Objectives. To examine pharmacist-targeted master of business administration (MBA) degree programs and investigate pharmacists’ perceptions regarding them. Methods. Specialized MBA programs in pharmaceutical marketing and management offered at US colleges and schools of pharmacy were identified in the literature and compared. Pharmacists’ perceptions of MBA programs were evaluated through a survey of clinical preceptors affiliated with a school of pharmacy. Results. Seven US universities that offer an MBA program in pharmaceutical marketing and management were identified. Thirty-three percent of the 57 pharmacist preceptors who responded to the survey reported plans to pursue an MBA degree program. Respondents preferred MBA programs related to healthcare or pharmacy (66%) over general MBA programs (33%). Conclusion. An MBA in pharmaceutical marketing and management could provide pharmacists with advanced knowledge of the operational and strategic business aspects of pharmacy practice and give pharmacy graduates an advantage in an increasingly competitive job market. PMID:22611273

  20. A review of forensic science higher education programs in the United States: bachelor's and master's degrees.

    Science.gov (United States)

    Tregar, Kristen L; Proni, Gloria

    2010-11-01

    As the number of forensic science programs offered at higher education institutions rises, and more students express an interest in them, it is important to gain information regarding the offerings in terms of courses, equipment available to students, degree requirements, and other important aspects of the programs. A survey was conducted examining the existing bachelor's and master's forensic science programs in the U.S. Of the responding institutions, relatively few were, at the time of the survey, accredited by the forensic science Education Programs Accreditation Commission (FEPAC). In general, the standards of the responding programs vary considerably primarily in terms of their size and subjects coverage. While it is clear that the standards for the forensic science programs investigated are not homogeneous, the majority of the programs provide a strong science curriculum, faculties with advanced degrees, and interesting forensic-oriented courses. © 2010 American Academy of Forensic Sciences.

  1. Availability and perceived value of masters of business administration degree programs in pharmaceutical marketing and management.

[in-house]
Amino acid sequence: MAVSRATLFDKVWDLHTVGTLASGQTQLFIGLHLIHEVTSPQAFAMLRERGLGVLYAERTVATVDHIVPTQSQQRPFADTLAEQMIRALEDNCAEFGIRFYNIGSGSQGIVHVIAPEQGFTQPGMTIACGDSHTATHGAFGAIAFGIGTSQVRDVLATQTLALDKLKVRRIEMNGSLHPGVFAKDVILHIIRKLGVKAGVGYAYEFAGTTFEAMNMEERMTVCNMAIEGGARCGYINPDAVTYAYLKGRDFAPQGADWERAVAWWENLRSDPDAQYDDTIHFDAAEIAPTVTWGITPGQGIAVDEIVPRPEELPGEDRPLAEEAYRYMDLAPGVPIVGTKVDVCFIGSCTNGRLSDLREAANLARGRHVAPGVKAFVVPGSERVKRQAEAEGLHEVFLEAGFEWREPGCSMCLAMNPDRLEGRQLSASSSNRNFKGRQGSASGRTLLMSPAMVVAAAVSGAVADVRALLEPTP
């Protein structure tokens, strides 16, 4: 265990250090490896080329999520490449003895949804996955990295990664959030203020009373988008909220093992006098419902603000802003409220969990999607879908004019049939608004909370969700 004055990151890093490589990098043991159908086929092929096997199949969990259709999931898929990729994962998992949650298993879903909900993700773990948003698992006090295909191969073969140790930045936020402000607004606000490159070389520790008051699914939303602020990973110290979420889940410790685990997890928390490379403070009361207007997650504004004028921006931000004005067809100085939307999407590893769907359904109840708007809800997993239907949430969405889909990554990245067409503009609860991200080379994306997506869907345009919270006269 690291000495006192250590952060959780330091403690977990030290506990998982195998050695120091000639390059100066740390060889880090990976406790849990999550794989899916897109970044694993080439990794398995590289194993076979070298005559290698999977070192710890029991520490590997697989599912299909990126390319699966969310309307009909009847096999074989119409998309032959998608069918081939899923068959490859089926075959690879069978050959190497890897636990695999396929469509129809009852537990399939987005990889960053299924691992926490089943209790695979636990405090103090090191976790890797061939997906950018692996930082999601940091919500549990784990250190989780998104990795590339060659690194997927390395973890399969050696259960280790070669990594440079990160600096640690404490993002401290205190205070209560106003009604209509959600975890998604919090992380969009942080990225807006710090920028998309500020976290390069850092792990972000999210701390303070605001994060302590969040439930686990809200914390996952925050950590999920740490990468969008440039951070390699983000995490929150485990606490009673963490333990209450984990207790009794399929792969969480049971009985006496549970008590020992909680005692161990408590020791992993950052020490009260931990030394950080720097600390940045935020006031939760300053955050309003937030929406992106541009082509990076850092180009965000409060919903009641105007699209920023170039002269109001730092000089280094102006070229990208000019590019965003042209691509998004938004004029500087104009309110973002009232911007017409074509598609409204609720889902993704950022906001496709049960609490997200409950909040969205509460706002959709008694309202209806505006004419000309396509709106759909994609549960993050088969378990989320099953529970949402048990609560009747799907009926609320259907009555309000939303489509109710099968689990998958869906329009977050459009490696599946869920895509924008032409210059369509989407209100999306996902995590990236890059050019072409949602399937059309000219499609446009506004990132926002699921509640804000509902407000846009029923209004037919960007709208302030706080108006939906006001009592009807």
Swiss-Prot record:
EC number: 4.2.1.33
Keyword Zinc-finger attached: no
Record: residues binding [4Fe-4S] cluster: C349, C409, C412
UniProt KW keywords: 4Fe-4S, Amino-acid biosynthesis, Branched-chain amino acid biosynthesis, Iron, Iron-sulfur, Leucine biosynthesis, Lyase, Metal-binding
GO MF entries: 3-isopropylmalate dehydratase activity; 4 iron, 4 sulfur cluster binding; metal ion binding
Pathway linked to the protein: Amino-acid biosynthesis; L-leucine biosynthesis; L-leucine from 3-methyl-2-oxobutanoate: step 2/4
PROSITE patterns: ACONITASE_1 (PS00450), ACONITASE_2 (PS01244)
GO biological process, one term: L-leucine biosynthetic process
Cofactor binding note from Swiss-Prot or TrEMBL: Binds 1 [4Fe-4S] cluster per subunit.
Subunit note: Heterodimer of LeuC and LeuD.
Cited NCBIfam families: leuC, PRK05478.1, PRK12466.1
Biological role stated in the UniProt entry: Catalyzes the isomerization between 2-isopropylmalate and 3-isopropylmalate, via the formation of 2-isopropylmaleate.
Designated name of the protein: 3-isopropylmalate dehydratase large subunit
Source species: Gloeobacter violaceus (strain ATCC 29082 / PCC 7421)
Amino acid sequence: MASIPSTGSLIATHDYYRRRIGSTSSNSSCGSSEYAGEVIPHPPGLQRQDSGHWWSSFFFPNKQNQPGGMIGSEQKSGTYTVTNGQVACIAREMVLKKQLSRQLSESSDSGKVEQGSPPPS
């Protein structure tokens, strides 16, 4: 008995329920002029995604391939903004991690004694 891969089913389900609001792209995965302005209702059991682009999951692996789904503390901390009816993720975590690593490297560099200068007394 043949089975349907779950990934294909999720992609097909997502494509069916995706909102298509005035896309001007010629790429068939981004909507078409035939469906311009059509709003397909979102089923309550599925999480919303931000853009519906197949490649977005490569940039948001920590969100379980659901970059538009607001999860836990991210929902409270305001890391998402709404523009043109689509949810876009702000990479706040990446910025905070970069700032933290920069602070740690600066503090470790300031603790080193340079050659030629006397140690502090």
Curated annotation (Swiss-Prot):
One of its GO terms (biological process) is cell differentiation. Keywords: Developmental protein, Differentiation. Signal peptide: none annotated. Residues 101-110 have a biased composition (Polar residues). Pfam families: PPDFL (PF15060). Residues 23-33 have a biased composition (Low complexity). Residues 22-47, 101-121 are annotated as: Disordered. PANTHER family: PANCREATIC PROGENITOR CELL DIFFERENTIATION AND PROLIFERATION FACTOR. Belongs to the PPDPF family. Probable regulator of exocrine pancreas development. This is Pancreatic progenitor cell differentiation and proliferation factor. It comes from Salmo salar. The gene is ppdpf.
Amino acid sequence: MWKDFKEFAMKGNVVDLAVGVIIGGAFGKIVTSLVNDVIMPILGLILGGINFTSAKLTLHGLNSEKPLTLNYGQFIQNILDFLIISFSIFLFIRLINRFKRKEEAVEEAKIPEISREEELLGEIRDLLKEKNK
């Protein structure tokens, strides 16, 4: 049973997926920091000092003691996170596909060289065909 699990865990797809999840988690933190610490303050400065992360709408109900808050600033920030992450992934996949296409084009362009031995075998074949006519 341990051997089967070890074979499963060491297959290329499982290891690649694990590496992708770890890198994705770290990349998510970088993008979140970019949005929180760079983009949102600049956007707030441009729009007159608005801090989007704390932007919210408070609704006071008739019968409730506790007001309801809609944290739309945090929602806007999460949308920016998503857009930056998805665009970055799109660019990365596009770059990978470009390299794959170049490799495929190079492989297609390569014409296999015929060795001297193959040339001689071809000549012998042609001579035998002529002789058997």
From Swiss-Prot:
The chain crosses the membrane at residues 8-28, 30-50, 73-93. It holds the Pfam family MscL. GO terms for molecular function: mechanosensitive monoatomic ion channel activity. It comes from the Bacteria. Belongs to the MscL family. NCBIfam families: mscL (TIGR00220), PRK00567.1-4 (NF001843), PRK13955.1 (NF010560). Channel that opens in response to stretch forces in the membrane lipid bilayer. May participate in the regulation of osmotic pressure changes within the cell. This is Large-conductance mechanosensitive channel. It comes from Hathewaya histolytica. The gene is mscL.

Science.gov (United States)

    Alkhateeb, Fadi M; Clauson, Kevin A; Latif, David A

    2012-05-10

    To examine pharmacist-targeted master of business administration (MBA) degree programs and investigate pharmacists' perceptions regarding them. Specialized MBA programs in pharmaceutical marketing and management offered at US colleges and schools of pharmacy were identified in the literature and compared. Pharmacists' perceptions of MBA programs were evaluated through a survey of clinical preceptors affiliated with a school of pharmacy. Seven US universities that offer an MBA program in pharmaceutical marketing and management were identified. Thirty-three percent of the 57 pharmacist preceptors who responded to the survey reported plans to pursue an MBA degree program. Respondents preferred MBA programs related to healthcare or pharmacy (66%) over general MBA programs (33%). An MBA in pharmaceutical marketing and management could provide pharmacists with advanced knowledge of the operational and strategic business aspects of pharmacy practice and give pharmacy graduates an advantage in an increasingly competitive job market.

  2. Mission Intentionality and Operational Integrity: The Essential Role of Faculty in Adult Degree Programs

    Science.gov (United States)

    Blair, Anthony L.

    2012-01-01

    Eastern University has moved from a distributed model to a centralized model for administration of its adult degree programs. This move involved numerous factors and motivations but one central component in the ultimate success of that move was a significant change in the role of faculty assigned to the program. Once regarded as rather ancillary…

  3. Stressors Experienced by Nursing Students Enrolled in Baccalaureate Second Degree Accelerated Registered Nursing Programs

    Science.gov (United States)

    Bell, Charlene

    2017-01-01

    A mounting concern throughout the country is a current and growing nursing shortage. In order to meet the growing demand of nurses, many colleges have created baccalaureate second degree accelerated registered nursing programs. Stressors, experienced by nursing students in these accelerated programs, may affect their retention. A deeper…

  4. An Analytical Framework for Internationalization through English-Taught Degree Programs: A Dutch Case Study

    Science.gov (United States)

    Kotake, Masako

    2017-01-01

    The growing importance of internationalization and the global dominance of English in higher education mean pressures on expanding English-taught degree programs (ETDPs) in non-English-speaking countries. Strategic considerations are necessary to successfully integrate ETDPs into existing programs and to optimize the effects of…

  5. Syllabus for an Associate Degree Program in Applied Marine Biology and Oceanography.

    Science.gov (United States)